Tummy Time

For long time I’ve been driving down the importance of Tummy Time to countless parents who have come to the clinic seeking help for conditions like gross motor delay(missed/late crawling, sitting, standing), torticollis (neck tilt) and light and shabby handwriting. This past March, I saw a child 8 months of age brought to clinic with parents citing concerns of sleeping for long hours, getting tired easily and not rolling yet. When I went through a detailed history, it was understood that the child A was born preterm at 34weeks with birth weight of 1.5kgs. Being low birth weight, parents didn’t put the child on tummy or play activities in his initial months with worry of causing harm. This concern can be faced by many parents and early intervention is the need of hour in these scenarios.
Let’s look back a little and discuss why Early intervention and Tummy time is so important for your child’s development. All through gestation (pregnancy time) foetus as it grows in mother’s womb curls up in flexion for want of space. As a result, babies are born in relative flexion and stay that way for 4 weeks, till gravity acts on them and all the random movements in first month of age, gets them to straighten gradually from 2nd month onwards. Tummy Time facilitates extension which helps the babies to come out of the flexed fetal position. Every newborn, when placed on her mother’s abdomen, soon after birth, has the ability to find her mother’s breast all on her own and to decide when to take the first breastfeed. This is called the ‘Breast Crawl’. It was first described in 1987 at the Karolinska Institute in Sweden (Widström et al, 1987).

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This is the best time to start introducing Tummy Time!

 

From my experience, a baby right from newborn does not tend to mind being face down while against mom or dad’s chest. Start with few seconds e.g. 15 seconds such that baby doesn’t cry and slowly increase to 30minutes as baby gets older. So lay back, and enjoy these cuddles with your baby, it’s the starting place for building your baby’s endurance in Tummy Time.

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As advancement, try placing your child on a soft blanket on the mat or over your knees.

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Cultivating the habit of Tummy Time is best when done as part of routine like after a shower, diaper change, active play time with baby. These frequent, short intervals of Tummy Time build endurance and strength without too much resistance from your baby and you’ll soon notice your baby is beginning to lift their head a little by 2 months of age to look around.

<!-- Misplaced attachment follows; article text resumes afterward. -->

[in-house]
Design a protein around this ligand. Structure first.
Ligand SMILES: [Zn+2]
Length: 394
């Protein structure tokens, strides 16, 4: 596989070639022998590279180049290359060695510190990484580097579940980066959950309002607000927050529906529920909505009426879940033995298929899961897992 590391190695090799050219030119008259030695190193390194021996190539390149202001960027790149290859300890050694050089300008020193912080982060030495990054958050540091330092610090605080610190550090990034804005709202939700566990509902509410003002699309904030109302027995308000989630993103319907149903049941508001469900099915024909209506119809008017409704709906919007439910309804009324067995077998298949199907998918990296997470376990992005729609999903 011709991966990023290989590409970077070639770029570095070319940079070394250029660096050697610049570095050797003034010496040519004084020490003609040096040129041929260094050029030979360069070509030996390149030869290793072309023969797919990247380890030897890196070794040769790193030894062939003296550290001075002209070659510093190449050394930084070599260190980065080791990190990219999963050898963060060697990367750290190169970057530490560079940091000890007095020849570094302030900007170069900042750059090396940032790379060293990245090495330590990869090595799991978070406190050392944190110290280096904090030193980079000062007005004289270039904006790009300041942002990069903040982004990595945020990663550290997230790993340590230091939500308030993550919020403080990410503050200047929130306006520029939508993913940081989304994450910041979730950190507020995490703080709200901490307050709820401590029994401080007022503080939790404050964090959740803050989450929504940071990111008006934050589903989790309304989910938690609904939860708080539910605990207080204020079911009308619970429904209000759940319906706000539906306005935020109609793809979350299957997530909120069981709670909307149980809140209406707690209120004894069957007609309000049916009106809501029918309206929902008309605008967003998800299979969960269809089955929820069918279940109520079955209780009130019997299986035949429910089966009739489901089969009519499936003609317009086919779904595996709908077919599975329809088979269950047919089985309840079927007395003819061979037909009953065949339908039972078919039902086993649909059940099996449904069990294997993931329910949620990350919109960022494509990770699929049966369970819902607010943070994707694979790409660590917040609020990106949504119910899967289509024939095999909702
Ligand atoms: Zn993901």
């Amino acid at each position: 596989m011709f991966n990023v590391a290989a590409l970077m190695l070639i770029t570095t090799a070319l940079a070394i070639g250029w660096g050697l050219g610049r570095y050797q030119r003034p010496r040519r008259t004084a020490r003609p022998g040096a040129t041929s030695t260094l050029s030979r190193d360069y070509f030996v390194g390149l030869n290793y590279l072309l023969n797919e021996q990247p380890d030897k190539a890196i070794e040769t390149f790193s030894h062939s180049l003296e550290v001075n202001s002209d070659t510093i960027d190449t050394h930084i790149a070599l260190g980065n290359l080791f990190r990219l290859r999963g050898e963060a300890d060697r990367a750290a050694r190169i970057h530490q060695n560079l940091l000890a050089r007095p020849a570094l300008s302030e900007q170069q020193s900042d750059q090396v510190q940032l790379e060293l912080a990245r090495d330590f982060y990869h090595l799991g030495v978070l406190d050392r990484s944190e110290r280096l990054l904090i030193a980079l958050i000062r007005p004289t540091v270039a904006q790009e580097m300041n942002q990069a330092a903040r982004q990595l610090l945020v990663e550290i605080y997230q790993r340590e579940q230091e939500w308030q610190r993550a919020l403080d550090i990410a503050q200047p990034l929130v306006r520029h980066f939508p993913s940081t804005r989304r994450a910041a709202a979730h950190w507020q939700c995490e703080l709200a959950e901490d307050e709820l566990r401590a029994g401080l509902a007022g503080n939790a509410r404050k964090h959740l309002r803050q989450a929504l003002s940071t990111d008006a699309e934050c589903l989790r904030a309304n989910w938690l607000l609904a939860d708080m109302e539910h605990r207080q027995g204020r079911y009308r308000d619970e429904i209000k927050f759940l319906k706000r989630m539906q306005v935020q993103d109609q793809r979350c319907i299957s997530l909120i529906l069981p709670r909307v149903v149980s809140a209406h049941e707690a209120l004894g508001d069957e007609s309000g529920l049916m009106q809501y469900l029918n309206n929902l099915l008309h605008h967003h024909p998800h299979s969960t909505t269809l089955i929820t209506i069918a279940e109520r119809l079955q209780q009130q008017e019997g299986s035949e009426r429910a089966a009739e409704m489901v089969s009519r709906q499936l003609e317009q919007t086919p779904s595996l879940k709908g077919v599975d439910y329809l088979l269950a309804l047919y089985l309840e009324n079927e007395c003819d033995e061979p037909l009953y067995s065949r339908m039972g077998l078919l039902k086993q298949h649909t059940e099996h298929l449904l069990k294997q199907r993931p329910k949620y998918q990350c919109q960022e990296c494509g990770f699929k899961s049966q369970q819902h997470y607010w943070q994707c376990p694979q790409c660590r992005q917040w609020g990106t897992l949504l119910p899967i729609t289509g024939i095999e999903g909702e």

By 3 months of age, your baby will be a lot of active with more wakeful hours. This is a great time to get your baby a ‘Baby Gym’ as is popularly called. It has colourful patterns, textured soft surface and sensory toys hanging over and around them. Playing with your baby is best at baby’s eye level. So make it funny and get down on the floor to engage with your child. You will realise the baby is starting to sing to you in her own language. The Tummy Time will also do wonders for your sore back from work! Get eye to eye, sing a song, plant a few kisses, rattle a gentle toy, push /pull a toy. Essentially as per age of baby, anything that diverts them for few minutes off the hard work performed! And please, let them hassle a little before you pounce on your urge to move them. Ensure you ROLL them over, don’t pick them up. Let them learn that rolling will get them out of Tummy Time. Once settled, gradually as your baby gets comfortable you can roll them back to their tummy and do another few minutes.
Important tip is: Don’t carry your baby all the time when you are home. Let the baby play on mat and explore the environment around.
So back to why is Tummy Time so necessary?
It helps to:
• strengthen neck and back muscles thus preventing positional torticollis, plagiocephaly and delays in development
• strengthen shoulder and hand muscles aiding better grip and handwriting
• promote visual development
• promotes crawling which builds a very strong foundation for upper body strength, abdominal-gluteal strength and eye hand and eye foot coordination thus overall improving muscle tone
• promote digestion (helps babies to push out gas, making them less crankier)
Zoom forward to baby A, at discharge at 13 months of age, he was way more active, sleeping lesser hours than before, picked up on crucial milestones of crawling, pull to stand, standing independently and parents were ecstatic when he took those much awaited first steps.

 

Written by: Shivangi Trivedi, (Registered Physiotherapist, Specialized Pediatric Training)

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MATRIX PHYSIOTHERAPY TORONTO